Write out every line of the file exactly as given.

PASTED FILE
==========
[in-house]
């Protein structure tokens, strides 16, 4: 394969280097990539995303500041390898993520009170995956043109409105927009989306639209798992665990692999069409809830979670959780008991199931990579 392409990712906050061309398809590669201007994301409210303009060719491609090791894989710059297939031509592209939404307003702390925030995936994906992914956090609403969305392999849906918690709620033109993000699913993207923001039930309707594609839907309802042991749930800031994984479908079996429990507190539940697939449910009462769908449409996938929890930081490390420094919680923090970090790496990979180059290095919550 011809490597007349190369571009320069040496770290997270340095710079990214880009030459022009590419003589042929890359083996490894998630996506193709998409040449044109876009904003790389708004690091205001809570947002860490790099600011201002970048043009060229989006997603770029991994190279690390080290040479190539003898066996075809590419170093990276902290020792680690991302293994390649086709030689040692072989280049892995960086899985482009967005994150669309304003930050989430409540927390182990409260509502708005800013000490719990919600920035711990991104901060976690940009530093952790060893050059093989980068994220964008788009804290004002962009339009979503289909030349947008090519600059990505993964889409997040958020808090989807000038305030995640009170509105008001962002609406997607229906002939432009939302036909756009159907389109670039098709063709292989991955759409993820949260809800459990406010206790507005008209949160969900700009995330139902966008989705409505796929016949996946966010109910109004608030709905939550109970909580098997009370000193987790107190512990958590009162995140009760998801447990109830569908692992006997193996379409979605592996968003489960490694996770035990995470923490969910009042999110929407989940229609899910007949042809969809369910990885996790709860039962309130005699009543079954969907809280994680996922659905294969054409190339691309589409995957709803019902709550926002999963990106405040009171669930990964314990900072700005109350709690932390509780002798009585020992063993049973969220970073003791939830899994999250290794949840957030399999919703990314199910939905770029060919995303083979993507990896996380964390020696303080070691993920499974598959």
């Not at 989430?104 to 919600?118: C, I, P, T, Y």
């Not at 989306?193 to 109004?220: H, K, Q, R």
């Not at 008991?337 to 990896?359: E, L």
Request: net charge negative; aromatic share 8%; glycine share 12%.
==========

[in-house]
């Protein structure tokens, strides 16, 4: 394969280097990539995303500041390898993520009170995956043109409105927009989306639209798992665990692999069409809830979670959780008991199931990579 392409990712906050061309398809590669201007994301409210303009060719491609090791894989710059297939031509592209939404307003702390925030995936994906992914956090609403969305392999849906918690709620033109993000699913993207923001039930309707594609839907309802042991749930800031994984479908079996429990507190539940697939449910009462769908449409996938929890930081490390420094919680923090970090790496990979180059290095919550 011809490597007349190369571009320069040496770290997270340095710079990214880009030459022009590419003589042929890359083996490894998630996506193709998409040449044109876009904003790389708004690091205001809570947002860490790099600011201002970048043009060229989006997603770029991994190279690390080290040479190539003898066996075809590419170093990276902290020792680690991302293994390649086709030689040692072989280049892995960086899985482009967005994150669309304003930050989430409540927390182990409260509502708005800013000490719990919600920035711990991104901060976690940009530093952790060893050059093989980068994220964008788009804290004002962009339009979503289909030349947008090519600059990505993964889409997040958020808090989807000038305030995640009170509105008001962002609406997607229906002939432009939302036909756009159907389109670039098709063709292989991955759409993820949260809800459990406010206790507005008209949160969900700009995330139902966008989705409505796929016949996946966010109910109004608030709905939550109970909580098997009370000193987790107190512990958590009162995140009760998801447990109830569908692992006997193996379409979605592996968003489960490694996770035990995470923490969910009042999110929407989940229609899910007949042809969809369910990885996790709860039962309130005699009543079954969907809280994680996922659905294969054409190339691309589409995957709803019902709550926002999963990106405040009171669930990964314990900072700005109350709690932390509780002798009585020992063993049973969220970073003791939830899994999250290794949840957030399999919703990314199910939905770029060919995303083979993507990896996380964390020696303080070691993920499974598959």
């Not at 989430?104 to 919600?118: C, I, P, T, Y």
């Not at 989306?193 to 109004?220: H, K, Q, R």
């Not at 008991?337 to 990896?359: E, L």
Request: net charge negative; aromatic share 8%; glycine share 12%.